Tag Archives: Arts

Felts Field, in #3D anaglyph

Two photos taken using dual Kodak Playsport Zx3 cameras with their tiny wide angle lens adapters. Not bad for a 5 MP camera – I bought two of them, used, for $75. The little wide angle adapter were practically given away by Kodak as they have left the digital capture business and I was lucky to rummage through their online store as the price went down to really low.

Both photos are red/cyan anaglyphs – you’ll need a pair of red/cyan glasses to view in 3D.

[singlepic id=234 w=640 h=480 float=]

[singlepic id=235 w=640 h=480 float=]

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3D Video image stabilization

When shooting 3D video using two cameras, we turn off all in camera stabilization features. This makes hand held video look shaky, unfortunately, as all the little hand movements remain in the original clips. Consequently, we have to shoot most 3D on a tripod.

I just did a test, though, using my Canon Vixia HF M301 video cameras. I use two of them to shoot stereoscopic 3D. The HF M301 has three stabilization options: off, standard and dynamic. For my tests, I shot a scene using standard stabilization and another scene using dynamic. Then I paired the left and right tracks in Magix Movie Edit, output to a WMV 3D anaglyph file and watched the test video.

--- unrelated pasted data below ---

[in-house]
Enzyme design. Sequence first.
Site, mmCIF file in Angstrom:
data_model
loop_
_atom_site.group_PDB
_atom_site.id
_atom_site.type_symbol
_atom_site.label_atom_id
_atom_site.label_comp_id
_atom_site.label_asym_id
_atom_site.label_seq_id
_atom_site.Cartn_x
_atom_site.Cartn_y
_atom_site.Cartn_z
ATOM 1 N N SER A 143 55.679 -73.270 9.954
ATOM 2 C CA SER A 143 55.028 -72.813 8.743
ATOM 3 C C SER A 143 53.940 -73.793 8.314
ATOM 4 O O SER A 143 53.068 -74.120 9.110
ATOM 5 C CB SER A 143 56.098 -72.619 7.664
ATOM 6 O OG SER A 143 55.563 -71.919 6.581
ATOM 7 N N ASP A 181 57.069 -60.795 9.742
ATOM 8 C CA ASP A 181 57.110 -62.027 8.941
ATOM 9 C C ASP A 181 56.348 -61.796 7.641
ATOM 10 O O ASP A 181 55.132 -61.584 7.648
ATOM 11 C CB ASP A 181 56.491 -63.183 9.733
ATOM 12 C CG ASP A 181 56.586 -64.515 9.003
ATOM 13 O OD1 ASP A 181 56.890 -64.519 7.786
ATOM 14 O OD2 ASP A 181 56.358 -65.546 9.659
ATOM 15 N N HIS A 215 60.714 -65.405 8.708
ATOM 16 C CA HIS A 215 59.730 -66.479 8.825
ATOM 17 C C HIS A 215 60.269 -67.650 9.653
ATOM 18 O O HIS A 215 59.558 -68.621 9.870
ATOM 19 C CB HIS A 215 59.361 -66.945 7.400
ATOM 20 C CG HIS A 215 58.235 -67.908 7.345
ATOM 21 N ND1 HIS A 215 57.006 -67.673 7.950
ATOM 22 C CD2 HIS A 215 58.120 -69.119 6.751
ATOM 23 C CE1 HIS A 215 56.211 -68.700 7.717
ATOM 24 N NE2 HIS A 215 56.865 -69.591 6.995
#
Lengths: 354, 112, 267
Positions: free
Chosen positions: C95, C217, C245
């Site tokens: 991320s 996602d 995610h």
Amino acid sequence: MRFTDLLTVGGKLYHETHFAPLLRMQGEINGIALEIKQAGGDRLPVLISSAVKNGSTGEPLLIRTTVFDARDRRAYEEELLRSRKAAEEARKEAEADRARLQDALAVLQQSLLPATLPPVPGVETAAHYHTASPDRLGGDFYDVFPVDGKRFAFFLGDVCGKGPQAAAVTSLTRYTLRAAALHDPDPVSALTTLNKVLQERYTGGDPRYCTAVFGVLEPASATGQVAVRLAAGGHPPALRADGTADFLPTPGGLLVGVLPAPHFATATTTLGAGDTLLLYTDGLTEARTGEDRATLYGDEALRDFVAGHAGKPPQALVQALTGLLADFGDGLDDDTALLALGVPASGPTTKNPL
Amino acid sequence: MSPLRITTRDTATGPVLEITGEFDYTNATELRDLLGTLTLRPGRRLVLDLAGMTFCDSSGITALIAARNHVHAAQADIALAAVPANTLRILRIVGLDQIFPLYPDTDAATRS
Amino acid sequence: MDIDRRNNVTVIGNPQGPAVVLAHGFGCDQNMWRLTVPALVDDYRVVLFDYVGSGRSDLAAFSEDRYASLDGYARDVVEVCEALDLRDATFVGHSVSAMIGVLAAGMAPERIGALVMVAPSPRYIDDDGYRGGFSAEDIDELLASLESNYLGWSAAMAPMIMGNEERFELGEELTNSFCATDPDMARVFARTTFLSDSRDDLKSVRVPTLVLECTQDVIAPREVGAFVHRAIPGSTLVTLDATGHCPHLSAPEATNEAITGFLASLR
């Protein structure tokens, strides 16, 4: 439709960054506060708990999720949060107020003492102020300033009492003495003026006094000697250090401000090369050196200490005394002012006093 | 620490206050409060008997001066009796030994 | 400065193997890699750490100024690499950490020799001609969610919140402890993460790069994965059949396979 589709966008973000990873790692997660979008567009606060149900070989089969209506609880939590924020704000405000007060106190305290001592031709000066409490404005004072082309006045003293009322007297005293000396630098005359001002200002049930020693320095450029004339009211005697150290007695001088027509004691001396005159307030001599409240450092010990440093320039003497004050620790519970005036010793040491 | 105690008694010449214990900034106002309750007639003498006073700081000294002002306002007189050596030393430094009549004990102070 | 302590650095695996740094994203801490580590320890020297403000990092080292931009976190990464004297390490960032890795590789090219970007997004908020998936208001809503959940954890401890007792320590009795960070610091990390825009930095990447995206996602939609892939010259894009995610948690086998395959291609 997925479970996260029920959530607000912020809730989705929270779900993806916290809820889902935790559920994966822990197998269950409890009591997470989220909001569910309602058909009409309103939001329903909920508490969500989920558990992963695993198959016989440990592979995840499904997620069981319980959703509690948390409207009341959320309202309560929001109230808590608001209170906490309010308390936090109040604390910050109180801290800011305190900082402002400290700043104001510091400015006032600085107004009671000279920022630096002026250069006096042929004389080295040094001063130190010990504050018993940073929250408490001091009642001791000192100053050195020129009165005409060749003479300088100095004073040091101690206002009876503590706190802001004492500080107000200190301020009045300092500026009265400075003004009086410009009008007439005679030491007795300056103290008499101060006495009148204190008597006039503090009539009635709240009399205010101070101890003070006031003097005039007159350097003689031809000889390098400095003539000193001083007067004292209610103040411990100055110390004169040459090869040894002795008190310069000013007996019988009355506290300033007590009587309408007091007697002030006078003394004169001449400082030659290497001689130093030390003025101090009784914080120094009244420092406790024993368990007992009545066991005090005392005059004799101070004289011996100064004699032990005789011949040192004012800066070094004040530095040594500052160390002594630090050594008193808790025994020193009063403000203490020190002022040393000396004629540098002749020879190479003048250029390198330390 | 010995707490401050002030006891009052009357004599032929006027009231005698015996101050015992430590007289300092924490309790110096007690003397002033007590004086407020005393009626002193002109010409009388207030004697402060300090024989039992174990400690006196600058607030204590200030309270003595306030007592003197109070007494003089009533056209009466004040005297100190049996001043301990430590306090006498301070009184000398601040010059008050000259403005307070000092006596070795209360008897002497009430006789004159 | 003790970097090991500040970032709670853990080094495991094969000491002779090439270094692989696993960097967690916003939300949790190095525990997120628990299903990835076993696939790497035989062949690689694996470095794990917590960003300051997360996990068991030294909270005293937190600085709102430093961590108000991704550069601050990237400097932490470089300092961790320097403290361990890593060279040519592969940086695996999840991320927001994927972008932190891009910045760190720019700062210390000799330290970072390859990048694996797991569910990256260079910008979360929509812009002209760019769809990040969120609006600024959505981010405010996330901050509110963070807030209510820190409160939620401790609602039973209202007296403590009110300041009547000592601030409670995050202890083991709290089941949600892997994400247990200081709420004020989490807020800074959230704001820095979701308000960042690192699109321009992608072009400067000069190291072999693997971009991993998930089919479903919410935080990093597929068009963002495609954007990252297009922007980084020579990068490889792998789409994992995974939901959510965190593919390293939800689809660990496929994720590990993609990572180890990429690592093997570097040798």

For general hand held shots without rapid camera movements, the in camera stabilization tracked well between both cameras. However, rapid camera movements caused different stabilization effects in each camera and the 3D goes bonkers as one goes left and the other goes right!

Bottom line: for simple handheld shots without a lot of movement, the in camera stabilization works okay and eliminates the handheld jerkiness.

Ideally, it would be nice if we could stabilize the 3D images after editing but there is not an easy way to do that.

Most video editing software today has image stabilization capabilities. Image stabilization analyzes the video for jerky movements and then corrects by shifting the video around to minimize the jerky movements. Since this tends to leave black bars at the top, bottom or sides, the video is also enlarged slightly to fill in the black bars left by shifting the video.

When it comes to 3D video, there does not seem to be a great solution. Sony Movie Edit Platinum 11 disables the stabilization feature on paired 3D clips. Magix Movie Edit Pro MX Plus can stabilize individual clips before pairing – but there is not a good way to match the stabilization between the left and right tracks. You can stabilize one, copy the effects track and paste it to the 2nd track, but this has not produced the expected result of matching stabilization.

I suppose we could created our 3D track, output to a video file, import that file as a single clip that may as well be 2D as far as the editor is concerned, and then apply stabilization. Not sure I want to go through two more transcodes though!

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Build your own 3D dual camera mounting rails